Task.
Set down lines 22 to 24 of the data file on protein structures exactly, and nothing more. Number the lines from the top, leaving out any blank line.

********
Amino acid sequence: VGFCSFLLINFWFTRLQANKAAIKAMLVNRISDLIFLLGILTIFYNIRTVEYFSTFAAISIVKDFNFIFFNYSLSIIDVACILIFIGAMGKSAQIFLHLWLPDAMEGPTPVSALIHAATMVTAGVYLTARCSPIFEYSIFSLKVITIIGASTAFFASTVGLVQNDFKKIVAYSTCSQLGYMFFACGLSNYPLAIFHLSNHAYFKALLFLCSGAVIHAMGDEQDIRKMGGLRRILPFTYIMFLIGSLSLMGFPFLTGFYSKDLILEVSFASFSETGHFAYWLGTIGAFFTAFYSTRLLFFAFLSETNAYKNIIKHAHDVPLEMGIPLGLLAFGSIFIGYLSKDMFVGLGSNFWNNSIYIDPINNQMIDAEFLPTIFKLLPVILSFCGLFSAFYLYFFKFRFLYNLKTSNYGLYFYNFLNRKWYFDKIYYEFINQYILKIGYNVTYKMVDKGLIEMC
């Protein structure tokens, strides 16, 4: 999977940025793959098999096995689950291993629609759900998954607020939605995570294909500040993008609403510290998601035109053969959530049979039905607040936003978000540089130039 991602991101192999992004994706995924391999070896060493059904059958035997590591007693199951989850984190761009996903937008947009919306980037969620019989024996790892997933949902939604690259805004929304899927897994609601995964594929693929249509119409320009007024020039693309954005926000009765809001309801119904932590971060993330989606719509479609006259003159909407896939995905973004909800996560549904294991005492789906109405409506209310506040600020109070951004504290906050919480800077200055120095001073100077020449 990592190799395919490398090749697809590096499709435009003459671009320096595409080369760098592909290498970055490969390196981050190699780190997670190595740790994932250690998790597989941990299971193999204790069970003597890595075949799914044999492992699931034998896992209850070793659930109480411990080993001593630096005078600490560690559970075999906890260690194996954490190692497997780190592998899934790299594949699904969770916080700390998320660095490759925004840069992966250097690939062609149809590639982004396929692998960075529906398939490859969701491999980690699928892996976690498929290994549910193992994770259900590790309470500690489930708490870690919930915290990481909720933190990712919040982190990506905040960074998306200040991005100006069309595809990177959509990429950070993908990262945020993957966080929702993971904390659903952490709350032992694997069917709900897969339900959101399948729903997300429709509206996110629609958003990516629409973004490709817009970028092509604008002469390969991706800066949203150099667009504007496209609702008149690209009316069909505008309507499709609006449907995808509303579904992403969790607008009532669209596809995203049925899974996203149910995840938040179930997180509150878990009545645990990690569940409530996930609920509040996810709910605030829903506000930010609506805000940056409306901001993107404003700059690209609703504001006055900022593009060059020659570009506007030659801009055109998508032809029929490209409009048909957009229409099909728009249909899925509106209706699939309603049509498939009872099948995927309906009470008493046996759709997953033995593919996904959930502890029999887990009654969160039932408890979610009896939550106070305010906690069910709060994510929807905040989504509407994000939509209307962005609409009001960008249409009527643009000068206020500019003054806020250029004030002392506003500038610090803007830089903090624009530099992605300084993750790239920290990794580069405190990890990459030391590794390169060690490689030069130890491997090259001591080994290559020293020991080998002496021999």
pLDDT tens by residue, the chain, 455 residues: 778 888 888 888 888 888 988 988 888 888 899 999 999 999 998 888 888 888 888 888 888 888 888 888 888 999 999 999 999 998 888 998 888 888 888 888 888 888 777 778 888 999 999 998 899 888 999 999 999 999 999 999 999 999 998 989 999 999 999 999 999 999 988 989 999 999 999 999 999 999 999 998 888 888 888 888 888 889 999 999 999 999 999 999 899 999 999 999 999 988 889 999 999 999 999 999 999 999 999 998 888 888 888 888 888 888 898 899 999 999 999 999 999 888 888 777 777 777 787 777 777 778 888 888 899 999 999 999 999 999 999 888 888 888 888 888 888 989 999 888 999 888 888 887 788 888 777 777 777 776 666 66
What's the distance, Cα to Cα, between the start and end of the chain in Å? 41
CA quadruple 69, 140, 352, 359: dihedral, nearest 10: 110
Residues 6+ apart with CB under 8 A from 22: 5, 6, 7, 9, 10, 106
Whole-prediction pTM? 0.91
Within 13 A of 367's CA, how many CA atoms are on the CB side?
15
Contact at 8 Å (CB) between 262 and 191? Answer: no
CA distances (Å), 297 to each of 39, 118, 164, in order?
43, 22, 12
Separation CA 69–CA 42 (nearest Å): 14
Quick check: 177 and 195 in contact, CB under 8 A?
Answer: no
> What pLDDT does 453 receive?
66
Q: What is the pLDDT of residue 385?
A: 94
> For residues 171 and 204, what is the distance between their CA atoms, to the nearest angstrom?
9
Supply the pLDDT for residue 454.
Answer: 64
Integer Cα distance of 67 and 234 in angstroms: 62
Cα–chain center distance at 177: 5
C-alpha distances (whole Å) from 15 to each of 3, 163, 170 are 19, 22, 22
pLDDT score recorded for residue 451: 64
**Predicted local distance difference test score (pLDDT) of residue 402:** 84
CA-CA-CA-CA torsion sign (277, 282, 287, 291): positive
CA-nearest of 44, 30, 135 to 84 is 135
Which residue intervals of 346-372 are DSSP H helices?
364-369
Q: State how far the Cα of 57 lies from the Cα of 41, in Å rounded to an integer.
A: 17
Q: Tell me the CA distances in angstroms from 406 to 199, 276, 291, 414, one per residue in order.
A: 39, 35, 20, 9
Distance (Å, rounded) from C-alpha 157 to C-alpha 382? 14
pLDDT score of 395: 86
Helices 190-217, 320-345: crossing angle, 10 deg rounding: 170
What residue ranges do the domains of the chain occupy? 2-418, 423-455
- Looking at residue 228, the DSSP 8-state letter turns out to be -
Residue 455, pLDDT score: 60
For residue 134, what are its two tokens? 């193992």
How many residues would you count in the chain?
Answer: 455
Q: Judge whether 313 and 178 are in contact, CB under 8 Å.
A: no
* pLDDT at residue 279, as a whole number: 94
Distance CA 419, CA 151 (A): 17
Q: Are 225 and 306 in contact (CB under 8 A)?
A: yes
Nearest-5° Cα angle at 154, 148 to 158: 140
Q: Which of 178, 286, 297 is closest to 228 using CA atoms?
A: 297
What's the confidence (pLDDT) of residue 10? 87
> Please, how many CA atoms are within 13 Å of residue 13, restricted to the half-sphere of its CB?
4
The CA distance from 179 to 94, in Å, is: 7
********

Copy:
Supply the pLDDT for residue 454.
Answer: 64
Integer Cα distance of 67 and 234 in angstroms: 62